I released Mailana running on public Twitter data today! Tim O'Reilly kindly retweeted a link to it, so it's had a good load test. Fingers-crossed it's handling it so far.
If you're a new reader, here's a bit of background. My names's Pete Warden, I'm the founder of Mailana, and up until 6 months ago I was an engineer at Apple. I can't imagine a more impressive corporation to work for, but I knew there had to be better ways to collaborate within big companies. I spent a lot of time tracking down internal experts and the right people to talk to at external organizations by word of mouth. There was a lot of wasted work simply because employees in one department had no way of telling that their problem had already been solved by another team.
One day, I realized that just by analyzing my inbox, I could create a pretty decent profile of what projects and areas I was involved in, by looking for how often keywords show up, and who I talk to both within the company and at external customers and suppliers. Being able to easily build these expertise and contact profiles would let companies build directories to allow employees to easily find the resources they need. The biggest problem is ensuring that the privacy of people's email is respected, so the system I designed only publishes profiles after each employee has reviewed and edited their own.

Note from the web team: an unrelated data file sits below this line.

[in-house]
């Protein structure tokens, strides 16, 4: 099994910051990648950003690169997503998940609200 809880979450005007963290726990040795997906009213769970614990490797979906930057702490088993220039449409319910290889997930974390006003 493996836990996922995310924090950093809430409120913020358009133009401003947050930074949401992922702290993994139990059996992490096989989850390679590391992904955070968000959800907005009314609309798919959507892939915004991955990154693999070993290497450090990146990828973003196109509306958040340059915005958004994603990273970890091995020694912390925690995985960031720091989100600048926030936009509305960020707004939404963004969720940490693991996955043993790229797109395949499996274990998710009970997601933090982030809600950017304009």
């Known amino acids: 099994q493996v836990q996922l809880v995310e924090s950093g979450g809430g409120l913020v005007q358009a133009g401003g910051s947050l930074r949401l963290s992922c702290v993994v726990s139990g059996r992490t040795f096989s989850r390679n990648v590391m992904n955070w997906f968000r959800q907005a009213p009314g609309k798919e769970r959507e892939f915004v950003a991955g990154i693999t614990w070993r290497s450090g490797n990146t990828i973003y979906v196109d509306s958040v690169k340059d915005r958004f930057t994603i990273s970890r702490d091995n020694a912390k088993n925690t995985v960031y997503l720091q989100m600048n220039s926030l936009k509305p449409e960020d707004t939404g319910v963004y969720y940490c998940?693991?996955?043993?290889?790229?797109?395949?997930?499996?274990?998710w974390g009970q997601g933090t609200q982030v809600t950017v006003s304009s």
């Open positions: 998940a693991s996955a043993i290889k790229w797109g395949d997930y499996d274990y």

You can see an example of how the system works here:
To build these applications, I designed a cloud-based system that imports from Exchange, Gmail accounts via IMAP, Outlook PST files and Twitter, offers a simple REST API to the stored data, and allows you to build apps as web widgets that can be deployed through the browser, on Sharepoint and as native menu entries and windows within Outlook.
Since there's not much public email out there, I decided to demonstrate what it's capable of using the massive number of public messages available on Twitter. My system internally processes a standard XML format, so I just wrote an importer that converted tweets into the right form, the rest of the system is identical to the Exchange version. I tidied up the web app that displays your immediate contacts, and had a Twitter social graph viewer up and running.
I'm hopeful that http://twitter.mailana.com/ will demonstrate how much interesting information there is sitting unused in your personal communication data. I think there's some amazing opportunities to build really useful tools, as long as we can design systems that preserve privacy. Imagine a version of LinkedIn that knew how close you were to all your contacts! Let me know what you think, and if your organization is interested in giving Mailana a try.